Electric Flight in Australia

 

Using meters in electric flight

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How can I use meters to understand more about my electric model by Phil Connolly

The performance of an electric motor depends on two main factors – the voltage applied to the motor (largely a function of the number of cells) and the current or amps consumed (a function of the gearbox ratio and propeller size)

Without knowing the voltage and current you will be ‘flying in the dark’, especially if you choose to experiment in the search for performance improvements. The performance subject is addressed in another ‘answer’ in this Website, but here we will give guidance on how to use meters to see the light!! Some of the many uses of meters are:
o To learn whether the motor is operating below, at or above its optimum current – this in turn allows you to decide on alternative propeller sizes
o To uncover unexpected or unacceptable voltage losses which will reduce the power from the motor, or , worse, cause actual damage
o To check the state of your battery pack – for example, if the model no longer climbs as well as previously, is it the battery pack , the switcher or the motor which needs attention (or replacement)
o To check the likely motor run time from the battery pack and whether the current is above recommended limits for that pack

It is possible to buy a ready made high current ammeter or even a special wattmeter for reading power directly. There is also a device known as a clamp meter which allows measurements of currents without breaking the electrical circuit (see elsewhere). However, such units are somewhat expensive and an alternative is given below

Many hobby and electrical outlets sell good, but economical digital multimeters at prices around $20 and purchasing one of these is well worthwhile for the performance improvements which can eventuate and, possibly, even savings in motor, switcher or battery damage

We suggest you will need a multimeter with at least the following ranges for direct current (DC):
o 2 volts for measuring individual cells
o 20 volts for measuring pack voltages
o 200 millivolts for chasing losses
o 10 amps for small motors and for calibrating your own high current meter – yes, it is actually very simple to convert your new multimeter to measure much higher currents with sufficient accuracy

Building your own high current ammeter shunt


Our ‘shunt’ will simply be a length of wire sufficiently thick to carry the maximum motor current which we plan to use. The voltage loss along this wire will be used to indicate the current and will be measured using the 200 millivolt range of your multimeter. If you are totally new to things electrical, then ask a friend with a basic knowledge to give you a hand. Better still, find such a friend who also wants a high current ammeter and is prepared to buy or loan you their own multimeter while you make up two such high current shunts.

You will need:
a spare plug/socket of the type you plan to use to connect your battery pack and the speed control unit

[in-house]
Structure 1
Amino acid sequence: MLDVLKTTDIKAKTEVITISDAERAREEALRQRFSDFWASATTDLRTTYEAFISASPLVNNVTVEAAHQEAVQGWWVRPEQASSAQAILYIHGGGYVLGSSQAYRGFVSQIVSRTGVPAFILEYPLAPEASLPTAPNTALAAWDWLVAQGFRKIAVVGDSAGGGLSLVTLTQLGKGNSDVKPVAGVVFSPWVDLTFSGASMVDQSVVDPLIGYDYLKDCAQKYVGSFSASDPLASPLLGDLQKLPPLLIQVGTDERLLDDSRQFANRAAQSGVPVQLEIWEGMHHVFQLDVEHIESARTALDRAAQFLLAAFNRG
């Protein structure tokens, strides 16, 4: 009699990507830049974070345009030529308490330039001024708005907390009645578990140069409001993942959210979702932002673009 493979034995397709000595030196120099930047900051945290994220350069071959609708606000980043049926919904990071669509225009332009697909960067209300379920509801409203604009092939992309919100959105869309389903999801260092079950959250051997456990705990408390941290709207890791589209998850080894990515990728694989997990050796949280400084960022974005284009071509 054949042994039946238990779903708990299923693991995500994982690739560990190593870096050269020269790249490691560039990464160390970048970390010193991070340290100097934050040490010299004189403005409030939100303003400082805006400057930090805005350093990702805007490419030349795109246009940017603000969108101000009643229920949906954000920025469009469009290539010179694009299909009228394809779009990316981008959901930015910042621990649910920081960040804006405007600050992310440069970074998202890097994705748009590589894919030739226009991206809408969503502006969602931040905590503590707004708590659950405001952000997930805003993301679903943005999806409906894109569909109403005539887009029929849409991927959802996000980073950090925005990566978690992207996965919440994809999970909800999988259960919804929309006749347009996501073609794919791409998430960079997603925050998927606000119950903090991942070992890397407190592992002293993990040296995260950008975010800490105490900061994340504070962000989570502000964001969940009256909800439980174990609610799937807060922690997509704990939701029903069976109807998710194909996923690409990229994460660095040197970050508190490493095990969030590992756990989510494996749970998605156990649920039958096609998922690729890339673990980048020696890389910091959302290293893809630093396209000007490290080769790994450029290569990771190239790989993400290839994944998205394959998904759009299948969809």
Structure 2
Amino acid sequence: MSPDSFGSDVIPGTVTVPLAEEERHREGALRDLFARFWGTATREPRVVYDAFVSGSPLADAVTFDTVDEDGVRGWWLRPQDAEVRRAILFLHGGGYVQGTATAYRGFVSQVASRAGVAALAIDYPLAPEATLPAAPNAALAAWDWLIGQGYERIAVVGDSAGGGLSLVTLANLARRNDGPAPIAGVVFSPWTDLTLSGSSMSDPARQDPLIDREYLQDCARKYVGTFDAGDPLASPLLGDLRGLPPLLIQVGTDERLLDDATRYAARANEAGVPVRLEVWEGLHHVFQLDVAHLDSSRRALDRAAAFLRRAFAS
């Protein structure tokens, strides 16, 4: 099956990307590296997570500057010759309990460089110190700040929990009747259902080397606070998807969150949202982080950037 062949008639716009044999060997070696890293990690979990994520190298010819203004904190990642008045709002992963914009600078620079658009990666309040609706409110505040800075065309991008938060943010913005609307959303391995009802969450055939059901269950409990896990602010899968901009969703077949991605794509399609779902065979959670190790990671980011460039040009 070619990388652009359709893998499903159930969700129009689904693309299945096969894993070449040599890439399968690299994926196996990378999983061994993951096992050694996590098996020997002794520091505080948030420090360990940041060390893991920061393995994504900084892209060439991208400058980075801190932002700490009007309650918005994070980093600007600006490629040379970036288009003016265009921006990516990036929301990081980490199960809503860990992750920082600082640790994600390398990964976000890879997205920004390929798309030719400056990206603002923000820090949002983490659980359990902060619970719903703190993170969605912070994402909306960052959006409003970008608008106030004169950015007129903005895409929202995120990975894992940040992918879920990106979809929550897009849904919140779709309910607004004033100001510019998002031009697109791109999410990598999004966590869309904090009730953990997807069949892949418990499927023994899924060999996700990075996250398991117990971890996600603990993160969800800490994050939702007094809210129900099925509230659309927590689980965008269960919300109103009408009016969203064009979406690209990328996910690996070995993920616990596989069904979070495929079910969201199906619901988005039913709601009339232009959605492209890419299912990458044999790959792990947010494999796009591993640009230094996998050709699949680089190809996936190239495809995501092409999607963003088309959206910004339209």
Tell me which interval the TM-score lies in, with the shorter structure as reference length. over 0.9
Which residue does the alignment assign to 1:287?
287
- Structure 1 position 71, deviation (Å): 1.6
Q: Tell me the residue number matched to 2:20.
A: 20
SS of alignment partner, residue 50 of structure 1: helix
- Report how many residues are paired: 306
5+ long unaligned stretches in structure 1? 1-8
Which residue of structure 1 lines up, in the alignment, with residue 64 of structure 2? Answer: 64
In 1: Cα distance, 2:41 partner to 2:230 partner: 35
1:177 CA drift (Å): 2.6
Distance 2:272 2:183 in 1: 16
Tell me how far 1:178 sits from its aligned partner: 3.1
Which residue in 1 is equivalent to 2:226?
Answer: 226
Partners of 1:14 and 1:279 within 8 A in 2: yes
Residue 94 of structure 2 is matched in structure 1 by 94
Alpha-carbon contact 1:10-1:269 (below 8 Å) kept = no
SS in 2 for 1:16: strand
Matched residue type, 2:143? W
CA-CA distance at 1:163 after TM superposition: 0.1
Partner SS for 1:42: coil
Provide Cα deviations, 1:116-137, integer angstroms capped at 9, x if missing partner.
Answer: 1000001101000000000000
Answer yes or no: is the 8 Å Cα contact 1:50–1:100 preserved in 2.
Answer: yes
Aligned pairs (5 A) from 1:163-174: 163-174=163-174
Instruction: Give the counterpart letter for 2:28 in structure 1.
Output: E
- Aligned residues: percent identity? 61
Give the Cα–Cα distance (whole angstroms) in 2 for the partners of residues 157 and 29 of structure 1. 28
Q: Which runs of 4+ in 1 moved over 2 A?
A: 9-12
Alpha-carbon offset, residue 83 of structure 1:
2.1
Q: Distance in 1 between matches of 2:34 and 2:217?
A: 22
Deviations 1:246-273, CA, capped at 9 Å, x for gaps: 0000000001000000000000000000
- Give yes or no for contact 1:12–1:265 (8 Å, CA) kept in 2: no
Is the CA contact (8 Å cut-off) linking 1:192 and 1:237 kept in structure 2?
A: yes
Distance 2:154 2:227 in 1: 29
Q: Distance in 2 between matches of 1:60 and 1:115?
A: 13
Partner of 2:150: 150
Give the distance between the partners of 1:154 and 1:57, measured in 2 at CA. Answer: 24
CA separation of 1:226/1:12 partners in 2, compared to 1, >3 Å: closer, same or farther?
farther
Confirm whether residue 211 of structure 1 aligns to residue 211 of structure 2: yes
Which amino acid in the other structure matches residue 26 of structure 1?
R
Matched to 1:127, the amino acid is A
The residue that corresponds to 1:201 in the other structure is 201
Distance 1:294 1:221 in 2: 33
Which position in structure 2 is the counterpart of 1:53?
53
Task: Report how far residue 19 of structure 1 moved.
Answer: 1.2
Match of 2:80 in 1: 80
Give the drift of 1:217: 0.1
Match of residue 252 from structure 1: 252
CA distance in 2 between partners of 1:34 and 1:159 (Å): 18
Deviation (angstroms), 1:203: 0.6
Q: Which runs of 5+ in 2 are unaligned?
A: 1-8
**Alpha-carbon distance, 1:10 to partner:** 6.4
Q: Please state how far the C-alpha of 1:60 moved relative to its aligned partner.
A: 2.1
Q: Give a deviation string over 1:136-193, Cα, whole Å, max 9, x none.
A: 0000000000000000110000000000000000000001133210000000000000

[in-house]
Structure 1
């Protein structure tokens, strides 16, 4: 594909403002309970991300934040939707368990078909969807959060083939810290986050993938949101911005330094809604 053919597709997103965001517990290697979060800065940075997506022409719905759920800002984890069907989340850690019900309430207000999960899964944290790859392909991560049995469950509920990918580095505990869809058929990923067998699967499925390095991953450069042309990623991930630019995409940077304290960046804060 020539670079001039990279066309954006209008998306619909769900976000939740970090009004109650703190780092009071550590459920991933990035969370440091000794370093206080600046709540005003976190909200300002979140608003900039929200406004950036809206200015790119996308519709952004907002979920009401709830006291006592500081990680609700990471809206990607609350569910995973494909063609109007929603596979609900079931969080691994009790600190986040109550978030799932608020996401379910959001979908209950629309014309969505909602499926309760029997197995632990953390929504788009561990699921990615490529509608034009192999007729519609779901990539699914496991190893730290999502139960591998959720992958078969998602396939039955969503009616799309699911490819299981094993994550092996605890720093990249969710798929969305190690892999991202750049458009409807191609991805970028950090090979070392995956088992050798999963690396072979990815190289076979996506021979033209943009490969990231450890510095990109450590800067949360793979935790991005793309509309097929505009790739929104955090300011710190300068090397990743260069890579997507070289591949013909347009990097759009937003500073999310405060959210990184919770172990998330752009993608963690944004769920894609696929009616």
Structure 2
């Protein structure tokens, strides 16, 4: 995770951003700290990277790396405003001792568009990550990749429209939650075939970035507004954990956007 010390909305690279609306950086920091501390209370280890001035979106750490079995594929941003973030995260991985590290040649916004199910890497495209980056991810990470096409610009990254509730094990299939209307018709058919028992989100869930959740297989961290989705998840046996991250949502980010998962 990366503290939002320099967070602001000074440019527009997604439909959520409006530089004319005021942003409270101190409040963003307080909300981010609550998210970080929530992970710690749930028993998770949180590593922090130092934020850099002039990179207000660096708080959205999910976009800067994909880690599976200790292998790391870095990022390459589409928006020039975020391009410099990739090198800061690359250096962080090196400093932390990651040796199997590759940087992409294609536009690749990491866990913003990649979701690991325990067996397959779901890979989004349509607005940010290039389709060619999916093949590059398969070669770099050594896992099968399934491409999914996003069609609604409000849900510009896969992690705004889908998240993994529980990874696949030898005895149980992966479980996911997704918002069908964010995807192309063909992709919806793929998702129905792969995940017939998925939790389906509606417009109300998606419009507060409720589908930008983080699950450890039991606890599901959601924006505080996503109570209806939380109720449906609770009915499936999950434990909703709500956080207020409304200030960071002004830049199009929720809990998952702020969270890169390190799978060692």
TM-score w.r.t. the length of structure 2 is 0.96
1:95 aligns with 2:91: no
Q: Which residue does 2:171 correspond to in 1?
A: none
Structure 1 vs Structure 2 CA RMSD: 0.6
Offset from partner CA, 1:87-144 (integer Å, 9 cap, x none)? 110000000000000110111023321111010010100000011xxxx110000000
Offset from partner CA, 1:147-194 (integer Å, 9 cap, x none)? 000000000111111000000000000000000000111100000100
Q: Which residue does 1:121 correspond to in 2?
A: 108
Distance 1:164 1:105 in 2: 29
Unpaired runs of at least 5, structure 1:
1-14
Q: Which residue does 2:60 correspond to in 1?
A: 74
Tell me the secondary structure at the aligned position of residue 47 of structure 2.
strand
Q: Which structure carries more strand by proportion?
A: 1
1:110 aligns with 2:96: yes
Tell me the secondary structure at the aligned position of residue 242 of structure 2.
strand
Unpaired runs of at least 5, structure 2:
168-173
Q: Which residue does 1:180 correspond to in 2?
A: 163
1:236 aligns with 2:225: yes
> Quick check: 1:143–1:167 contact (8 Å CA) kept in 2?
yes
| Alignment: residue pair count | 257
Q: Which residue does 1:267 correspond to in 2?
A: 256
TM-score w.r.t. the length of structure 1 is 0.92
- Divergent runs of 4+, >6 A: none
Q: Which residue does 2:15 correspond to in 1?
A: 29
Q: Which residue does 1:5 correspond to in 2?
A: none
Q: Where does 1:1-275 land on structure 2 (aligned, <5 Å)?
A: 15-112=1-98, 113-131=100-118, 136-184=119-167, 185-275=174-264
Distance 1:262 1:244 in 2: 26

a car headlamp bulb of at least 60 watts
up to a metre of wire with a cross section of 1 – 2 sq mm. – about 14 - 16 swg wire
a soldering iron or crocodile clips and a couple of dressmaking pins
a pair of lightweight leads with a plug on one end to fit your multimeter

What to do:
1. Set the multimeter on its 10 amp scale and make sure that the leads are plugged into the correct multimeter sockets (if all else fails, read the instructions which came with the multimeter!)
2. Connect a car battery or other 12 volt source in series with the wire, the bulb and the multimeter. That is to say, connect the length of wire to, say the red positive terminal of the car battery, and the other end to the bulb.
3. Then connect the other side of the bulb filament to one lead of the multimeter (on most multimeters it doesn’t matter which way around you connect them, but you may get a negative reading – this is fine).
4. Connect the other lead of the multimeter to the black negative car battery terminal, having first placed the headlamp bulb in a safe spot where it will not burn or touch anything
5. The headlamp bulb will now light up and the meter should read about 5.0 amps. This will depend on the wattage of the bulb (and whether you have selected the main or low beam filaments).
6. Make a note of the reading, eg 5.2 amps.
7. Now disconnect the meter from the circuit, replacing it with a second piece of similar wire so that the bulb once again lights up. Plug the meter leads into the sockets for measuring voltages and set the meter to the 200 millivolt scale.
8. Push the two dressmaking pins through the insulation of the wire which runs to the positive of the car battery, such that they make contact with the copper inside. Try placing the pins about 15 cms apart to start with and measure the voltage with the multimeter. Suppose the reading is 3.6, you will need to move the pins further apart and re-measure until you get the same answer which you had in step 6 above.
9. If the reading is too high, then move the pins closer together to give that same figure, eg 5.2. Congratulations – you have now calibrated a shunt which will allow you to use your 200 millivolt multimeter range for measuring currents up to 199 amps.